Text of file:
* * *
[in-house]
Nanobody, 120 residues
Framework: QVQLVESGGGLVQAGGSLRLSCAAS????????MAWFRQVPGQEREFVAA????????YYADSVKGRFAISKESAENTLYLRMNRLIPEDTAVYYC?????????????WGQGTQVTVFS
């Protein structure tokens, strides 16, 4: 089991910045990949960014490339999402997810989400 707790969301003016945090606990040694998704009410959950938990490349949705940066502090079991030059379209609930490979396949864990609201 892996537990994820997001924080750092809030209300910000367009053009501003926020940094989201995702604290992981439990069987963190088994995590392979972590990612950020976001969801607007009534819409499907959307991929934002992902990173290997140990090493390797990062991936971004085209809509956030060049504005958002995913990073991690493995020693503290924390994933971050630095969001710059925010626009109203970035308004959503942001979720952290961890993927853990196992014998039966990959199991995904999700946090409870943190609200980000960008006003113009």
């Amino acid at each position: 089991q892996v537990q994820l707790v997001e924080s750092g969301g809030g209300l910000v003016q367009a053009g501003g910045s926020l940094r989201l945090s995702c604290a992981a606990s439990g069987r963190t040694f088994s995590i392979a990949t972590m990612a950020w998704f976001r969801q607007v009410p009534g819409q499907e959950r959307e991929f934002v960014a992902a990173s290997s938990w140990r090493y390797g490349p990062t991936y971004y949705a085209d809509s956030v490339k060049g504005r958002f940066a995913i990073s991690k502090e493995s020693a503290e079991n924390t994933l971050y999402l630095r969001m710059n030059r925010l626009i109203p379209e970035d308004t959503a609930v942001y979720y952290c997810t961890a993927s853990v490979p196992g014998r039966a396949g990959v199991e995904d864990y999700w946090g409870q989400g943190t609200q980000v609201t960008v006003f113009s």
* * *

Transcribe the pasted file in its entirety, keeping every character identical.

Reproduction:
[in-house]
Nanobody, 120 residues
Framework: QVQLVESGGGLVQAGGSLRLSCAAS????????MAWFRQVPGQEREFVAA????????YYADSVKGRFAISKESAENTLYLRMNRLIPEDTAVYYC?????????????WGQGTQVTVFS
């Protein structure tokens, strides 16, 4: 089991910045990949960014490339999402997810989400 707790969301003016945090606990040694998704009410959950938990490349949705940066502090079991030059379209609930490979396949864990609201 892996537990994820997001924080750092809030209300910000367009053009501003926020940094989201995702604290992981439990069987963190088994995590392979972590990612950020976001969801607007009534819409499907959307991929934002992902990173290997140990090493390797990062991936971004085209809509956030060049504005958002995913990073991690493995020693503290924390994933971050630095969001710059925010626009109203970035308004959503942001979720952290961890993927853990196992014998039966990959199991995904999700946090409870943190609200980000960008006003113009």
């Amino acid at each position: 089991q892996v537990q994820l707790v997001e924080s750092g969301g809030g209300l910000v003016q367009a053009g501003g910045s926020l940094r989201l945090s995702c604290a992981a606990s439990g069987r963190t040694f088994s995590i392979a990949t972590m990612a950020w998704f976001r969801q607007v009410p009534g819409q499907e959950r959307e991929f934002v960014a992902a990173s290997s938990w140990r090493y390797g490349p990062t991936y971004y949705a085209d809509s956030v490339k060049g504005r958002f940066a995913i990073s991690k502090e493995s020693a503290e079991n924390t994933l971050y999402l630095r969001m710059n030059r925010l626009i109203p379209e970035d308004t959503a609930v942001y979720y952290c997810t961890a993927s853990v490979p196992g014998r039966a396949g990959v199991e995904d864990y999700w946090g409870q989400g943190t609200q980000v609201t960008v006003f113009s």